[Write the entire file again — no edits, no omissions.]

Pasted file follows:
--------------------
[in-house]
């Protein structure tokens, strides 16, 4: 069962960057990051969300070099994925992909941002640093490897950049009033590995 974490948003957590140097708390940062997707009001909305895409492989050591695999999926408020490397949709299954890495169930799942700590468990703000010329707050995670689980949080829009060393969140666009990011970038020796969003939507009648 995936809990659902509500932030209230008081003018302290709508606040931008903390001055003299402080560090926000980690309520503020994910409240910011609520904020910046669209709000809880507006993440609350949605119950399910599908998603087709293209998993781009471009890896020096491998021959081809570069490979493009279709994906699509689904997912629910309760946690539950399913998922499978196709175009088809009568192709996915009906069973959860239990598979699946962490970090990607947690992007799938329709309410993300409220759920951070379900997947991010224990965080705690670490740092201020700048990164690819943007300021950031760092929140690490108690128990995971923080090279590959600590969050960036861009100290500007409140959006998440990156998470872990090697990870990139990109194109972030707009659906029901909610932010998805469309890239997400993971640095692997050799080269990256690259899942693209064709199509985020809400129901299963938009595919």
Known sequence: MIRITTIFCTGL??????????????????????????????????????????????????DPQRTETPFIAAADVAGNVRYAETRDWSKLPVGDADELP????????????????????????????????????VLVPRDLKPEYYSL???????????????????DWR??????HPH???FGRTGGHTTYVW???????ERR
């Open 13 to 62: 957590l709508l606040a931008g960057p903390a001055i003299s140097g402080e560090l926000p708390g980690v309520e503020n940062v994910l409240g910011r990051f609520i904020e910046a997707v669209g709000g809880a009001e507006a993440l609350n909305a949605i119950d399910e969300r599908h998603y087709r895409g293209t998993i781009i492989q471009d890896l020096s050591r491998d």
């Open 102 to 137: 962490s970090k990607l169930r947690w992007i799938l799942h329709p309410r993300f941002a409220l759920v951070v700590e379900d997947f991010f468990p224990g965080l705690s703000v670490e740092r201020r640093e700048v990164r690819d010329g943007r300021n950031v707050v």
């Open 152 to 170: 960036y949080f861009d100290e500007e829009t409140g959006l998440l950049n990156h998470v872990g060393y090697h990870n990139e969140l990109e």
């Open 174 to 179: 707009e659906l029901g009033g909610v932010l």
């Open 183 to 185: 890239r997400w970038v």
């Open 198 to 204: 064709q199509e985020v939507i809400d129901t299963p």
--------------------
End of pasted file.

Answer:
[in-house]
């Protein structure tokens, strides 16, 4: 069962960057990051969300070099994925992909941002640093490897950049009033590995 974490948003957590140097708390940062997707009001909305895409492989050591695999999926408020490397949709299954890495169930799942700590468990703000010329707050995670689980949080829009060393969140666009990011970038020796969003939507009648 995936809990659902509500932030209230008081003018302290709508606040931008903390001055003299402080560090926000980690309520503020994910409240910011609520904020910046669209709000809880507006993440609350949605119950399910599908998603087709293209998993781009471009890896020096491998021959081809570069490979493009279709994906699509689904997912629910309760946690539950399913998922499978196709175009088809009568192709996915009906069973959860239990598979699946962490970090990607947690992007799938329709309410993300409220759920951070379900997947991010224990965080705690670490740092201020700048990164690819943007300021950031760092929140690490108690128990995971923080090279590959600590969050960036861009100290500007409140959006998440990156998470872990090697990870990139990109194109972030707009659906029901909610932010998805469309890239997400993971640095692997050799080269990256690259899942693209064709199509985020809400129901299963938009595919």
Known sequence: MIRITTIFCTGL??????????????????????????????????????????????????DPQRTETPFIAAADVAGNVRYAETRDWSKLPVGDADELP????????????????????????????????????VLVPRDLKPEYYSL???????????????????DWR??????HPH???FGRTGGHTTYVW???????ERR
């Open 13 to 62: 957590l709508l606040a931008g960057p903390a001055i003299s140097g402080e560090l926000p708390g980690v309520e503020n940062v994910l409240g910011r990051f609520i904020e910046a997707v669209g709000g809880a009001e507006a993440l609350n909305a949605i119950d399910e969300r599908h998603y087709r895409g293209t998993i781009i492989q471009d890896l020096s050591r491998d």
């Open 102 to 137: 962490s970090k990607l169930r947690w992007i799938l799942h329709p309410r993300f941002a409220l759920v951070v700590e379900d997947f991010f468990p224990g965080l705690s703000v670490e740092r201020r640093e700048v990164r690819d010329g943007r300021n950031v707050v």
């Open 152 to 170: 960036y949080f861009d100290e500007e829009t409140g959006l998440l950049n990156h998470v872990g060393y090697h990870n990139e969140l990109e």
């Open 174 to 179: 707009e659906l029901g009033g909610v932010l």
């Open 183 to 185: 890239r997400w970038v």
């Open 198 to 204: 064709q199509e985020v939507i809400d129901t299963p």